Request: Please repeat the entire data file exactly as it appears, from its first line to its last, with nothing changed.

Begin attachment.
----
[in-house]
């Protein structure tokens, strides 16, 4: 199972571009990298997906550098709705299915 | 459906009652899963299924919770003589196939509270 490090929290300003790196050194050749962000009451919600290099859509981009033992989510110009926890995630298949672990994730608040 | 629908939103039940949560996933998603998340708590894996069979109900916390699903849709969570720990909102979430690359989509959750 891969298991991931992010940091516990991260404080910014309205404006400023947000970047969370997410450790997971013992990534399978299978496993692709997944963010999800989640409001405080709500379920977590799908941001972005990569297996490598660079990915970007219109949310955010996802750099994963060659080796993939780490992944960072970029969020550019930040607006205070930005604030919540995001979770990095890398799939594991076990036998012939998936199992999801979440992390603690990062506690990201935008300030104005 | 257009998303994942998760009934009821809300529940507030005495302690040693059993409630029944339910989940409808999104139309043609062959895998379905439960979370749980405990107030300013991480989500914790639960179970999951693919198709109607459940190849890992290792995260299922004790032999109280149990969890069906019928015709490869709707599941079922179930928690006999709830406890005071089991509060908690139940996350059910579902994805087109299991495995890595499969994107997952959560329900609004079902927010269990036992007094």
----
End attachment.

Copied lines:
[in-house]
């Protein structure tokens, strides 16, 4: 199972571009990298997906550098709705299915 | 459906009652899963299924919770003589196939509270 490090929290300003790196050194050749962000009451919600290099859509981009033992989510110009926890995630298949672990994730608040 | 629908939103039940949560996933998603998340708590894996069979109900916390699903849709969570720990909102979430690359989509959750 891969298991991931992010940091516990991260404080910014309205404006400023947000970047969370997410450790997971013992990534399978299978496993692709997944963010999800989640409001405080709500379920977590799908941001972005990569297996490598660079990915970007219109949310955010996802750099994963060659080796993939780490992944960072970029969020550019930040607006205070930005604030919540995001979770990095890398799939594991076990036998012939998936199992999801979440992390603690990062506690990201935008300030104005 | 257009998303994942998760009934009821809300529940507030005495302690040693059993409630029944339910989940409808999104139309043609062959895998379905439960979370749980405990107030300013991480989500914790639960179970999951693919198709109607459940190849890992290792995260299922004790032999109280149990969890069906019928015709490869709707599941079922179930928690006999709830406890005071089991509060908690139940996350059910579902994805087109299991495995890595499969994107997952959560329900609004079902927010269990036992007094």